Sound and vision blog

16 October 2008

Archival Sound Recordings in Action - Reviving the Lost Music of Bunyoro-Kitara

In 1967, the central government of Uganda abolished the historic Bantu kingdoms that had for centuries formed the regional administrations of the country.  Out went the kingdoms, out went the kings, and out with them went generations of musical and cultural lore.

In 1993, the government restored the kingdoms, and the reinstated King of Bunyoro-Kitara is now tackling the daunting task of recreating the institutions, articles and music of the regional heritage.

Samuel Kahunde, a PhD student in ethnomusicology at the University of Sheffield, began studying the royal music of Uganda through the Klaus Wachsmann collection on Archival Sound Recordings. In a fieldwork trip last June, Samuel visited the royal court to discuss the recovery of this music with the King of Bunyoro-Kitara. 

He found that many kinds of music are now extinct - the instruments may be preserved, but nobody knows how to play them any more.  Other musical forms are still alive, but have suffered greatly from the 26 year gap, with only a few elderly practitioners left, trying to teach young musicians who have never experienced what the music should sound like.

The Wachsmann recordings are providing a pathway to reviving the music.
“I get information through listening to the music recorded from different regions of Uganda, allowing me to compare the music across diverse cultures," says Samuel.  "They are also useful in making comparisons between traditional music in the 1940s and later periods. This has provided me with new leads for my research.”

Samuel also worked with a group of young Amakondere trumpet players, who were learning under the tutelage of Wachsmann recordings; being allowed to hear the music as it used to be played for the first time. You can see a video of one of their performances here.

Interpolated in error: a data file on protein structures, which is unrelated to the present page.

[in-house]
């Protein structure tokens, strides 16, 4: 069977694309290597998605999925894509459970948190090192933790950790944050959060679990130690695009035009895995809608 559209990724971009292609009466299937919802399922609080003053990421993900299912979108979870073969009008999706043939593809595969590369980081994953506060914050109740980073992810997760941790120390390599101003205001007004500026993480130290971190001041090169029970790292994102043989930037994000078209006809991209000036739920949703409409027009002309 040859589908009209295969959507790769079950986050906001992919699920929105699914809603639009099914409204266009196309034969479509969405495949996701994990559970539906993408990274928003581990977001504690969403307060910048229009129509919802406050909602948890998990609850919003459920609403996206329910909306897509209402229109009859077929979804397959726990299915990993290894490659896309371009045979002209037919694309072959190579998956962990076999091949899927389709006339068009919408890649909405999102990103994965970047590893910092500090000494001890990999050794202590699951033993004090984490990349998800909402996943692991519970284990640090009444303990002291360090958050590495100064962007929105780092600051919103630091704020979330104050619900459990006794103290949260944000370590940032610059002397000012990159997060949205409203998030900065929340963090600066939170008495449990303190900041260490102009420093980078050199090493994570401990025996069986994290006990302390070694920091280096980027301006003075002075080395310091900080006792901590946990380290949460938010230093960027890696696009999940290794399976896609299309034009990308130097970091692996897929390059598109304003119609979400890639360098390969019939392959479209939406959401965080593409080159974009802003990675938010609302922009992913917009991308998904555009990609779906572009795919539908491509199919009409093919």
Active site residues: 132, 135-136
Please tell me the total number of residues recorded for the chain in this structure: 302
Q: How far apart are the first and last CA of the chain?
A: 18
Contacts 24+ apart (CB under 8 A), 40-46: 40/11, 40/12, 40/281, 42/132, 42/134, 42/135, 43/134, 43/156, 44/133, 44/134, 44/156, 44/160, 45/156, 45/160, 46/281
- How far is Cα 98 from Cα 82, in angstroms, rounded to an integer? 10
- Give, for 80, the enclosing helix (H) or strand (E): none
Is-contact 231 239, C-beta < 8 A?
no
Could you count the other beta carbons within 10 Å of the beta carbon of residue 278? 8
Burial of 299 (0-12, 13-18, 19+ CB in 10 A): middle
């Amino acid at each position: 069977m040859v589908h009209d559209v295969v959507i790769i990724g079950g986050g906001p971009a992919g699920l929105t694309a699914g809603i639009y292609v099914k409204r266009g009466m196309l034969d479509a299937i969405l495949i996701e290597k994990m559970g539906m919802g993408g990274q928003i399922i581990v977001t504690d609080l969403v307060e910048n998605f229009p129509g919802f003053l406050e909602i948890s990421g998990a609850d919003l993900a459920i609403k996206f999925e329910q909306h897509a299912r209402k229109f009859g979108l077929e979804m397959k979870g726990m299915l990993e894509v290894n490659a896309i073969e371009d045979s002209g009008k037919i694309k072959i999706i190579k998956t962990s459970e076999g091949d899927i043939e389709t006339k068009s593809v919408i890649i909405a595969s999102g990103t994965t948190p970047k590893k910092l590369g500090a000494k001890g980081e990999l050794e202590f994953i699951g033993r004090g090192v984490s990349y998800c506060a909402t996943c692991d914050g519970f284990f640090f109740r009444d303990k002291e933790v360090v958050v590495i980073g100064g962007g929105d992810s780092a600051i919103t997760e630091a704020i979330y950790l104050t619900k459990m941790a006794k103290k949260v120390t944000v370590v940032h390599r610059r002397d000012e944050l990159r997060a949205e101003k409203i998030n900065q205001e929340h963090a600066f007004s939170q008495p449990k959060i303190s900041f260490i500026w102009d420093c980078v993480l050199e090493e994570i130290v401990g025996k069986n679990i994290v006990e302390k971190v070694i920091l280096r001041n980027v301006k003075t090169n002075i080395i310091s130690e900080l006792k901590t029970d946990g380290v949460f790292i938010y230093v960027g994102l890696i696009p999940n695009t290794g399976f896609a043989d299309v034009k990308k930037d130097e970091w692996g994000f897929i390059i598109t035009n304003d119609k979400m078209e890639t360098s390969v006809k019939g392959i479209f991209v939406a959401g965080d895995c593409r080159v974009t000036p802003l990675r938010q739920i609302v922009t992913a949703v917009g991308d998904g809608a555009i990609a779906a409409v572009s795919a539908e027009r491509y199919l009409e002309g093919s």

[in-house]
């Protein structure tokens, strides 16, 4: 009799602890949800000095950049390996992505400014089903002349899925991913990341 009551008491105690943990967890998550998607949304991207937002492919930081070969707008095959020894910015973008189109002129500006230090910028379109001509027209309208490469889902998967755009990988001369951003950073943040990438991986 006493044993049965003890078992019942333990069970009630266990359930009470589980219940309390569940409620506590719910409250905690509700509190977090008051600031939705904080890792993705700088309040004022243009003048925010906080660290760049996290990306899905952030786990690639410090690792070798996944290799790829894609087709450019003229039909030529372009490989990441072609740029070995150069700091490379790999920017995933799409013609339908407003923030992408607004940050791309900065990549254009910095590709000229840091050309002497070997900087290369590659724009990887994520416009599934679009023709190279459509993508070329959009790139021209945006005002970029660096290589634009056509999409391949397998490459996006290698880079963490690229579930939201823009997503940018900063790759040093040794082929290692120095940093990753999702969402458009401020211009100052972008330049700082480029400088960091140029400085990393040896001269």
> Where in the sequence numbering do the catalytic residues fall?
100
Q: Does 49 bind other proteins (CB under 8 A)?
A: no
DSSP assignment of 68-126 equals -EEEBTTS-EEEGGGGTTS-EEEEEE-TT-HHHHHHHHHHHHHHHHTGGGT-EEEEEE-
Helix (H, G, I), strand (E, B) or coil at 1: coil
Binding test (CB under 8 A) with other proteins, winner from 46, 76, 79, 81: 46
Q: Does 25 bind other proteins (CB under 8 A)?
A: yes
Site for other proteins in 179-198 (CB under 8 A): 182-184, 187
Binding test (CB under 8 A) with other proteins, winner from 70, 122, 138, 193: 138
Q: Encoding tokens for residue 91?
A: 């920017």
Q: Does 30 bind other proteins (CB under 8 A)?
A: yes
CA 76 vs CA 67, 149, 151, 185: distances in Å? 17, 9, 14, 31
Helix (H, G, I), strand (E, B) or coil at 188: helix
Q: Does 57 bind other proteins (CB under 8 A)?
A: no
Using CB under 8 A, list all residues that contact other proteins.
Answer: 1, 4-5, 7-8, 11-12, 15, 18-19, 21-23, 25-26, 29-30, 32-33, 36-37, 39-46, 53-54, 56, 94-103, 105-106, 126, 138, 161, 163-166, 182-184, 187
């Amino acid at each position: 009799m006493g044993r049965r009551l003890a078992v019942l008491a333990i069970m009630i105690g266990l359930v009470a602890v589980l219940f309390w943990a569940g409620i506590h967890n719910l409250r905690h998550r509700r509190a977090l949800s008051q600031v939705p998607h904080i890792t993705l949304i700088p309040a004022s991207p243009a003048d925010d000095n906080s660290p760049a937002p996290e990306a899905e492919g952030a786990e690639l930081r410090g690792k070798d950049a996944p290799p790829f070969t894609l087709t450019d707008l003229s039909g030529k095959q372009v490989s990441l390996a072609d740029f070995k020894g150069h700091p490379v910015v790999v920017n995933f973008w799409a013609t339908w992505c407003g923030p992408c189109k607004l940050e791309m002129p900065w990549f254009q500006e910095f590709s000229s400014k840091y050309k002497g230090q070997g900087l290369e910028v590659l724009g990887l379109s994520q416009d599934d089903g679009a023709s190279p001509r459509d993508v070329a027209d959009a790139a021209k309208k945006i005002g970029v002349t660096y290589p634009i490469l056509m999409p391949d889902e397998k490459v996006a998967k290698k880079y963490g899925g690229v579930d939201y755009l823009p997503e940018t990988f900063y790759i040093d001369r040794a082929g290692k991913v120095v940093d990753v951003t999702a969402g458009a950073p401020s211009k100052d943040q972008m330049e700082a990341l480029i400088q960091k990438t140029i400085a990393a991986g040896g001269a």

On his next trip to Uganda Samuel will continue to work closely with the Royal Court.  It’s a huge job, and one that looks set to continue well beyond the confines of a PhD.


Dear sir
I am a librarian, I work in a sound archive. In our archive we have many vocal and non-vocal music. we are cataloging our music based on anglo-american (AACR2) and Iasa cataloging rules. we have a worksheet for analytical cataloging. this worksheet was prepared by our musician. the musician listen to the music and fill the worksheet. in this worksheet he analyze the each music tracks based on their rhythm, moods, era (Baroque,or Classic, or Romantic, or New age,..)and performance, format, and form of the music and so on.I knew that The library of congress assigned some subject headings to their musics, but this method do not respond our needs. also i saw and read the website. i think our work is similar to this site. is any library or archive describe and analyze their musics like Pandora, at least like us to their users? I want to write an article about our method , but i want to find any other projects like this and use their experiments. thanks a lot for you help.

Unless your cataloguer is an expert in all genres and styles from all historical periods, you are bound to label many items incorrectly with regard to what the original artists thought they were doing and what your users think they want to hear. In the Sound Archive of the British Library I keep this element of description to a minimum and offer only the broadest of categories for classical music based on forces: so, choral, orchestral, instrumental, chamber, opera. For world and traditional music we have been adopting terms in the Rough Guide to World Music. For popular music we hardly ever bother because the terms are so short-lived: so we rely on the titles of compilations ('Punk hits of the late 1970s') rather than authorised subject headings. Several other databases tried to be more specific with classified headings: in the end almost everything unidentifiable (the majority it seems) got classified as Middle of the Road (MOR) - who uses that term anymore?? If you're cataloguing current commercial recordings, why not just look up the recording on Gracenote or i-Tunes and see how they've classified it? I take your point about Library of Congress. I guess they too realised how time-consuming and ultimately limited in value this activity was.

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